(L.E.K. Consulting is a proud partner of Front Office Sports)
Sports industry stakeholders acknowledge the potential to drive greater sports engagement through recently legalized betting in the U.S. The trick, of course, is understanding which strategies are most likely to resonate with consumers over the long haul.
In this article, consider the appeal of legalized gambling to sports fans and how it could conceivably boost sports interest in general, and among finicky millennials in particular.
Before becoming a multimillionaire in a single month on Jeopardy, Las Vegas-based James Holzhauer had spent the previous decade working as a professional sports gambler, using his knowledge of stats and his uncanny predictive abilities to good advantage. Oddly enough, until recently Holzhauer’s occupation would have been deemed unlawful anywhere besides his home state, thanks to 1992’s Professional and Amateur Sports Protection Act, which prohibited sports gambling outside of Nevada.
In 2018, however, the Supreme Court overturned that statute, paving the way for fully legalized gambling at both the professional and college levels throughout the U.S. To date, sports betting has been greenlighted in a handful of states, with others likely to pass legislation over the near term.
Against this backdrop, broadcasters, leagues, teams and other players have been eager to reap new opportunities available through gambling, including both direct and indirect benefits. To achieve success, it is important for stakeholders to determine those strategies most likely to appeal to a broad range of consumers.
More tuned in
In their research, L.E.K. Consulting found that legalized sports gambling is primarily attractive to sports fans who already gamble in some capacity (some 47%, compared with 23% of casual gamblers and 29% of non-gamblers). That said, when taking into account all fans (from current sports gamblers to non-gamblers), legalization could lead to an 84% rise in sports gambling participation, from 10% of sports fans at present to 18% post-legalization (see Figure 1).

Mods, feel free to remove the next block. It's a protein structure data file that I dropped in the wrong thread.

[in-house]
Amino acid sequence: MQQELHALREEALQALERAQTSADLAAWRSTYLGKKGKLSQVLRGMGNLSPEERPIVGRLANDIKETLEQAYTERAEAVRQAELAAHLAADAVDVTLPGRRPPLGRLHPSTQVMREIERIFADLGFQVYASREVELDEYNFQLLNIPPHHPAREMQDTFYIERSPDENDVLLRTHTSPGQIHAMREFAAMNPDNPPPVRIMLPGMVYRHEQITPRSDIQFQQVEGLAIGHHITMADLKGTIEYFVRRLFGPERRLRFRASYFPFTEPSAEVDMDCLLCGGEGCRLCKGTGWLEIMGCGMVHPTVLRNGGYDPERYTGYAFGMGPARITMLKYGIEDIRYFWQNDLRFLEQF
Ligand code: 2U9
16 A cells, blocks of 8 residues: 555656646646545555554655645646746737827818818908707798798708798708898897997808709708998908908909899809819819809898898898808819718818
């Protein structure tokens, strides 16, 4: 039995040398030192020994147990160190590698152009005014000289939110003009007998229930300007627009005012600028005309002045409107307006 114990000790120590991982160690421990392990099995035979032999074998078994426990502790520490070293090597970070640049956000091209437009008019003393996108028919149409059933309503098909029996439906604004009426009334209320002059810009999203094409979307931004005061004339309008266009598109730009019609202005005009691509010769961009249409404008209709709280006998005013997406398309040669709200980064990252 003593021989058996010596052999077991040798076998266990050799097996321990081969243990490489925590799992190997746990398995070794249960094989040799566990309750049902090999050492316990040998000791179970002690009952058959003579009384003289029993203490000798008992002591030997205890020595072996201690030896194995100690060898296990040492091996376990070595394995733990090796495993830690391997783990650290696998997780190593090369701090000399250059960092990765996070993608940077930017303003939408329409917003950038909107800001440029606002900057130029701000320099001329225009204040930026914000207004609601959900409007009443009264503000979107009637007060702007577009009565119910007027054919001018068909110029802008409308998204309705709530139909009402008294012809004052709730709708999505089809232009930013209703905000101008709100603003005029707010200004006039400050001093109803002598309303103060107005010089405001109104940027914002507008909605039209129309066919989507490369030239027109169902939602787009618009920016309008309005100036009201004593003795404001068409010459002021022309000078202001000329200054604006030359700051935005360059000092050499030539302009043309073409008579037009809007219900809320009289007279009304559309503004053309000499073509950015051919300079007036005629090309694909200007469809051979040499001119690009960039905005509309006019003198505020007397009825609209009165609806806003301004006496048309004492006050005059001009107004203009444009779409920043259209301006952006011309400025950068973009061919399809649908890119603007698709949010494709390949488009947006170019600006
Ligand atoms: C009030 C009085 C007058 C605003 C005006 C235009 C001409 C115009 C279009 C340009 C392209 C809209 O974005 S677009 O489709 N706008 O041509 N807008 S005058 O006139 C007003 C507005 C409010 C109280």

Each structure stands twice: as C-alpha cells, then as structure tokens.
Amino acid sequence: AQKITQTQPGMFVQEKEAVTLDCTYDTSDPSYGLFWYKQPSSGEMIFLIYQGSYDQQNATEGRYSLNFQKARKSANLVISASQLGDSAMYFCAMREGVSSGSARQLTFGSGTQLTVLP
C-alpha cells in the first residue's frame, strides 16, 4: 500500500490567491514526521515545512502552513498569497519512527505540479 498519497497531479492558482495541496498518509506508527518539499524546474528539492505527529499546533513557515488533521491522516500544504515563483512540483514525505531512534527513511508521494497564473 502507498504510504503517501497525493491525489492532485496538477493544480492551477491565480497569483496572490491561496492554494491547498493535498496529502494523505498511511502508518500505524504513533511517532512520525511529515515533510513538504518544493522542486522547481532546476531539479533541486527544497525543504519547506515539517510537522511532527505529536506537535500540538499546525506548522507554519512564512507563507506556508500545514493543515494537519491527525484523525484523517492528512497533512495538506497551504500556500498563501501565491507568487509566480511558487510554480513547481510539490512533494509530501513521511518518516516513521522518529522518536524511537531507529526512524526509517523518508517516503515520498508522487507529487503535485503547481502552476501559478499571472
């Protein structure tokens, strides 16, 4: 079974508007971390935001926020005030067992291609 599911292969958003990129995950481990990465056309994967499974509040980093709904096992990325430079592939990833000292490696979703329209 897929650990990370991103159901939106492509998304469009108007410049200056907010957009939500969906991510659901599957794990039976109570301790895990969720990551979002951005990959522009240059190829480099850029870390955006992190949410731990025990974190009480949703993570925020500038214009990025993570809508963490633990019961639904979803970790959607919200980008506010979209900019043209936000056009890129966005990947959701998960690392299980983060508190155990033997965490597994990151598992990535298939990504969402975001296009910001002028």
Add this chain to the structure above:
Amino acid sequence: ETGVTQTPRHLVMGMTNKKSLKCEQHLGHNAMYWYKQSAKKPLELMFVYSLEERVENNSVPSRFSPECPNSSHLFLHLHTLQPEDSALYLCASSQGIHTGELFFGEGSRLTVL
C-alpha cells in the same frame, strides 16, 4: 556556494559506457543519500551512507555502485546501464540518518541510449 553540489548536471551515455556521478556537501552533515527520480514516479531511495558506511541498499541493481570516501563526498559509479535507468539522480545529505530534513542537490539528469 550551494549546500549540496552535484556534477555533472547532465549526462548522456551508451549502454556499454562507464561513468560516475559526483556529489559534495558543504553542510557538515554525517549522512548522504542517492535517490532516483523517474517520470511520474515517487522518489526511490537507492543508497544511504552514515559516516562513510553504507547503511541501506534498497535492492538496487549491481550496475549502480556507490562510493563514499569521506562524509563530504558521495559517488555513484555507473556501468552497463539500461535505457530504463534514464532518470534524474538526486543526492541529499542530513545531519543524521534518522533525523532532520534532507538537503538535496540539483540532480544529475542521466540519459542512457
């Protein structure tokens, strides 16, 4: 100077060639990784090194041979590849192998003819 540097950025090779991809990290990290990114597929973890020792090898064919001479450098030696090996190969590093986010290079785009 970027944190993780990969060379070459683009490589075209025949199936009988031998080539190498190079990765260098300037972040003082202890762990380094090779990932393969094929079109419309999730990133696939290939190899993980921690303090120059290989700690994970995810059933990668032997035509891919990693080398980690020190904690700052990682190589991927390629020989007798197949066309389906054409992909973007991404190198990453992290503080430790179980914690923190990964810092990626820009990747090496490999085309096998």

The good news for industry stakeholders: Whether committed or casual, all participants are likely to become more sports-oriented as a result of an increase in regulated gambling. According to our survey, both current sports gamblers and those likely to take up gambling reported a similarly strong anticipated rise in sports engagement (roughly 37% and 39%, respectively). Sports fans surveyed report that interest will be driven primarily by televised sports viewing (73%), along with recap videos (40%) as well as sports articles and related content (36%). Even ballpark attendance could get a boost from betting (23%) (see Figure 2). Furthermore, as betting becomes increasingly mainstream, it will likely appeal to a wider audience than current alternatives such as fantasy sports.
For U.S. stakeholders seeking evidence of sports gambling success, one need look no further than the U.K., where online sports betting revenues have more than tripled over the past 15 years and are expected to escalate well into the next decade. This advance will be fueled in part by stronger mobile-betting uptake, with gross winnings forecast to nearly double through 2023.
The millennial challenge
But what about the perpetually reticent millennial demographic? Indeed, bringing these consumers into the fold will not be an easy task, particularly given their reputation for sports detachment relative to their older peers. Not that millennials are out of reach, however, and in the next installment, see recent data suggesting why younger constituents could in fact represent a prime target for savvy sports stakeholders.
The research and insight provided in this article were provided by Alex Evans, Robert Haslehurst and Geoff McQueen of L.E.K. Consulting. For more of their executive insights, please visit their website.